In an effort to ease tensions between the United States and China, President Joe Biden’s administration is employing a strategy involving proposals for meetings and phone calls at various levels of government, up to and including a conversation between Biden and President Xi Jinping.

This approach aims to appease anxious allied nations in Asia and Europe and portray Xi as uncooperative if he refuses the engagements.

Biden’s calculated strategy

The calculated strategy has been met with skepticism by critics who argue that it makes the US appear weak. However, others believe it demonstrates a genuine desire for engagement and presents a credible image to Europe and Asia.

Evan Medeiros, former senior director for Asia on the Obama National Security Council, described the strategy as a “smart but risky play.” He added that it could inadvertently reinforce China’s belief that the US needs them more, allowing them to dictate the US-China agenda.

In response to the US proposals, Chinese Foreign Ministry spokesman Wang Wenbin said that China and the US do maintain communication lines. However, he also noted that the US cannot emphasize the importance of communication while simultaneously suppressing and containing China.

The Biden administration’s push for engagement began in earnest as controversy over an alleged Chinese spy balloon and Taiwan President Tsai Ing-wen’s visit to the US subsided.

Since then, the US has proposed calls and meetings with China’s senior leadership, including Defense Secretary Lloyd Austin and Trade Representative Katherine Tai.

Treasury Secretary Janet Yellen, Commerce Secretary Gina Raimondo, and climate envoy John Kerry are also planning trips to China.

Biden’s team is seeking to establish “guardrails” around a relationship facing deeper, more systemic strains around economic competition and China’s continued partnership with another US adversary, Russia.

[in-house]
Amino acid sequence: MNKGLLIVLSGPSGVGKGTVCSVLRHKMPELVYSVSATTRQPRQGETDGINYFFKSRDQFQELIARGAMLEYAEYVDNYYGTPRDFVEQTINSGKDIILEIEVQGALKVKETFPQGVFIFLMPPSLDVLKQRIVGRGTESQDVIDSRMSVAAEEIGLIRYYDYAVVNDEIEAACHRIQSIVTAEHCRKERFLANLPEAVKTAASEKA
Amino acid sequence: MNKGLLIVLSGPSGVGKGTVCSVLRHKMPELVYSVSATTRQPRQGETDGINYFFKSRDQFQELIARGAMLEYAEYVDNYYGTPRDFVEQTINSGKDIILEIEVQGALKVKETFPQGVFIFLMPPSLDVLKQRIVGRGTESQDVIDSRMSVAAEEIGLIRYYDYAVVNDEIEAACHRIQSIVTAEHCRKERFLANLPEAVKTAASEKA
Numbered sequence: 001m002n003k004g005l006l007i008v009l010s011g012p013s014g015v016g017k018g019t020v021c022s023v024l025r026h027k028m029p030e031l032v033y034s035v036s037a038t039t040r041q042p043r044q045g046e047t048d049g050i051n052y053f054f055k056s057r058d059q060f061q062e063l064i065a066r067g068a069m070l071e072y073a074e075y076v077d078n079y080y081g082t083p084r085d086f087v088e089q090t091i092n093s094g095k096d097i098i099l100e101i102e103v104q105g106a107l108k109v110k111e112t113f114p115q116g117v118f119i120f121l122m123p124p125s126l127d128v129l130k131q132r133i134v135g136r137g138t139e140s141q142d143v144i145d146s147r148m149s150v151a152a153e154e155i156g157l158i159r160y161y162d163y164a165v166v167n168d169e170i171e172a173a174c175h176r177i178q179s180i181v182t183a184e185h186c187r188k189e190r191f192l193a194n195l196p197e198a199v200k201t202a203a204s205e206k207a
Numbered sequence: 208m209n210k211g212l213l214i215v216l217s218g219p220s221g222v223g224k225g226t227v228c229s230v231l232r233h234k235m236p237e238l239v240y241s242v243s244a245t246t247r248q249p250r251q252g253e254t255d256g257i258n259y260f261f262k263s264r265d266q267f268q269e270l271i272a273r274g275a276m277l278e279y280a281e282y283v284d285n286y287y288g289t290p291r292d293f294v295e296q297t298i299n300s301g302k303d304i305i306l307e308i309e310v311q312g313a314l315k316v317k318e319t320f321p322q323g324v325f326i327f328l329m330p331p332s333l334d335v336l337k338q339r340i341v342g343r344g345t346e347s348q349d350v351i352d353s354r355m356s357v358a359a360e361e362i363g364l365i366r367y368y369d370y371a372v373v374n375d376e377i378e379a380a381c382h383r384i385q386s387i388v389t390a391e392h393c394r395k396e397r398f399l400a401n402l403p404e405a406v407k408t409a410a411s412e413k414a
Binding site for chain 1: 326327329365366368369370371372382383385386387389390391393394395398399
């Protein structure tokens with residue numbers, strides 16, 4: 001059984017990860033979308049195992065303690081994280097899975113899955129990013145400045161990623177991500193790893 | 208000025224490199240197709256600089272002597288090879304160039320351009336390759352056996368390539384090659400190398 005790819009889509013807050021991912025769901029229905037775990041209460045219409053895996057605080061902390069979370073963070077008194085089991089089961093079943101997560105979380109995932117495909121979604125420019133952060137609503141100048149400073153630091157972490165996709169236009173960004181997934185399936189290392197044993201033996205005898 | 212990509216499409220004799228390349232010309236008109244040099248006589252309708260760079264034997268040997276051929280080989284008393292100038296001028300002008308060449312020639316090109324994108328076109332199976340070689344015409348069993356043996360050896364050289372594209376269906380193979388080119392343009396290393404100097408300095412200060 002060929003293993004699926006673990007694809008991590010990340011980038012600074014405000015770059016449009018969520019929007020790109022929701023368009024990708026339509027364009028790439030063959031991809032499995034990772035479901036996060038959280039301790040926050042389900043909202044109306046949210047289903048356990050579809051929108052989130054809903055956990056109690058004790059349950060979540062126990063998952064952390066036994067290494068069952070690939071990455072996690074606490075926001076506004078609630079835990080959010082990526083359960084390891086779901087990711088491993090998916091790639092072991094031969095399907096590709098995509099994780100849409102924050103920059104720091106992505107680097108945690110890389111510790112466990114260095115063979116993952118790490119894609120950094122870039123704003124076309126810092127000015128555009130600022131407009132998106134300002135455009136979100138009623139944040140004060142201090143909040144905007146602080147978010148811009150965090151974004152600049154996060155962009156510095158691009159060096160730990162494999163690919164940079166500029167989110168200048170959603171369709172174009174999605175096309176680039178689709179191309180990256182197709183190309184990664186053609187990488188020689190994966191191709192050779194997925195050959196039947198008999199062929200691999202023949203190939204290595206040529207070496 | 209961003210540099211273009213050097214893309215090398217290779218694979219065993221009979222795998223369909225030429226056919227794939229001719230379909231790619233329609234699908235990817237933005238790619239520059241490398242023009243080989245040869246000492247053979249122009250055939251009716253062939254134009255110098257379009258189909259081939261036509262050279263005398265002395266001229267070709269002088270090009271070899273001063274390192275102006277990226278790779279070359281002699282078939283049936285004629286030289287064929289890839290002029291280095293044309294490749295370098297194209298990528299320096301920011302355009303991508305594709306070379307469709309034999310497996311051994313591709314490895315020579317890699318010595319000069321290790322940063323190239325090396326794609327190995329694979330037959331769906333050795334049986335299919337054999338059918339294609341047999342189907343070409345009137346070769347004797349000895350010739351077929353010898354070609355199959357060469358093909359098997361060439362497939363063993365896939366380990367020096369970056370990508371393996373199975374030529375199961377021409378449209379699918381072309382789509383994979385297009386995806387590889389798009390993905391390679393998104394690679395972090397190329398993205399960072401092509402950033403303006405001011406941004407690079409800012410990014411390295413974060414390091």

Beijing has rejected US attempts to frame the relationship around “competition” and “guardrails,” with Foreign Minister Qin Gang stating that the intention is to “contain and suppress China in all respects.”

China’s tepid response

China has so far responded tepidly to the US requests. It has ignored Austin’s outreach for calls and hasn’t publicly responded to his request for a meeting on the sidelines of the Shangri-La Dialogue in Singapore.

China hasn’t even confirmed if Commerce Minister Wang Wentao will travel to Detroit for an Asia-Pacific Economic Cooperation meeting, where Tai has suggested bilateral talks.

It remains unclear when Biden will speak with Xi, something the US president first mentioned in February. Dennis Wilder, the Central Intelligence Agency’s former deputy assistant director for East Asia and the Pacific, suggests that China may feel they have achieved a tactical upper hand in US-China diplomacy.

Despite the challenges, there are tentative signs that the relationship strains may be easing. Chinese Foreign Minister Qin Gang met US Ambassador Nicholas Burns in Beijing for the first time, a symbolic move that may indicate Beijing’s willingness to allow more senior-level discussions.

Representative Mike Gallagher, chair of the newly created China Select Committee, remains skeptical of the administration’s approach, arguing that it creates confusion in terms of the overall US strategy. Critics, like Gallagher, continue to complicate matters with criticism of China and trips to Taiwan.